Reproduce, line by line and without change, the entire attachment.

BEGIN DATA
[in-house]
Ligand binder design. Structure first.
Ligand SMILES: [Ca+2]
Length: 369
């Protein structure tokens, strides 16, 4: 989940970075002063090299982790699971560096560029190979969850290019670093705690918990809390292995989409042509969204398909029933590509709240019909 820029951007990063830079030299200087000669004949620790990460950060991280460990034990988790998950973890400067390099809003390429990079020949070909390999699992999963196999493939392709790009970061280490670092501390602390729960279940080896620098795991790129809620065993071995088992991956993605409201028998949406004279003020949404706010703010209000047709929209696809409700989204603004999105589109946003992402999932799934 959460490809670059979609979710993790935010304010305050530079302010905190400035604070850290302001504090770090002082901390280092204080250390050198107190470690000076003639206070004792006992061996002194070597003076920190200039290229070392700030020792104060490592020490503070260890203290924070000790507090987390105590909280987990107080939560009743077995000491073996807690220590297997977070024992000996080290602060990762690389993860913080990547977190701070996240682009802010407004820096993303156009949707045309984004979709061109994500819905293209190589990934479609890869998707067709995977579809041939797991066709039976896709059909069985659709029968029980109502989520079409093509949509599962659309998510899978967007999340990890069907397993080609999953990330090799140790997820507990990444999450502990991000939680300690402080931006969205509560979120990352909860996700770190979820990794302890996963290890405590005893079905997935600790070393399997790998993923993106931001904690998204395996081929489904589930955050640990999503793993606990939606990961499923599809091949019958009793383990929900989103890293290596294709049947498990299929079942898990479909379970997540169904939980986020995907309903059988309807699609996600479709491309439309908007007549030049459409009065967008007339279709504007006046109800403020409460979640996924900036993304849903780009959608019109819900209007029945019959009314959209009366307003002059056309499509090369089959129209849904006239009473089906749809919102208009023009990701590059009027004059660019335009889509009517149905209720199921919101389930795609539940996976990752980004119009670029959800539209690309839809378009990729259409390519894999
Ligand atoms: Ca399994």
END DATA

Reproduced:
[in-house]
Ligand binder design. Structure first.
Ligand SMILES: [Ca+2]
Length: 369
């Protein structure tokens, strides 16, 4: 989940970075002063090299982790699971560096560029190979969850290019670093705690918990809390292995989409042509969204398909029933590509709240019909 820029951007990063830079030299200087000669004949620790990460950060991280460990034990988790998950973890400067390099809003390429990079020949070909390999699992999963196999493939392709790009970061280490670092501390602390729960279940080896620098795991790129809620065993071995088992991956993605409201028998949406004279003020949404706010703010209000047709929209696809409700989204603004999105589109946003992402999932799934 959460490809670059979609979710993790935010304010305050530079302010905190400035604070850290302001504090770090002082901390280092204080250390050198107190470690000076003639206070004792006992061996002194070597003076920190200039290229070392700030020792104060490592020490503070260890203290924070000790507090987390105590909280987990107080939560009743077995000491073996807690220590297997977070024992000996080290602060990762690389993860913080990547977190701070996240682009802010407004820096993303156009949707045309984004979709061109994500819905293209190589990934479609890869998707067709995977579809041939797991066709039976896709059909069985659709029968029980109502989520079409093509949509599962659309998510899978967007999340990890069907397993080609999953990330090799140790997820507990990444999450502990991000939680300690402080931006969205509560979120990352909860996700770190979820990794302890996963290890405590005893079905997935600790070393399997790998993923993106931001904690998204395996081929489904589930955050640990999503793993606990939606990961499923599809091949019958009793383990929900989103890293290596294709049947498990299929079942898990479909379970997540169904939980986020995907309903059988309807699609996600479709491309439309908007007549030049459409009065967008007339279709504007006046109800403020409460979640996924900036993304849903780009959608019109819900209007029945019959009314959209009366307003002059056309499509090369089959129209849904006239009473089906749809919102208009023009990701590059009027004059660019335009889509009517149905209720199921919101389930795609539940996976990752980004119009670029959800539209690309839809378009990729259409390519894999
Ligand atoms: Ca399994």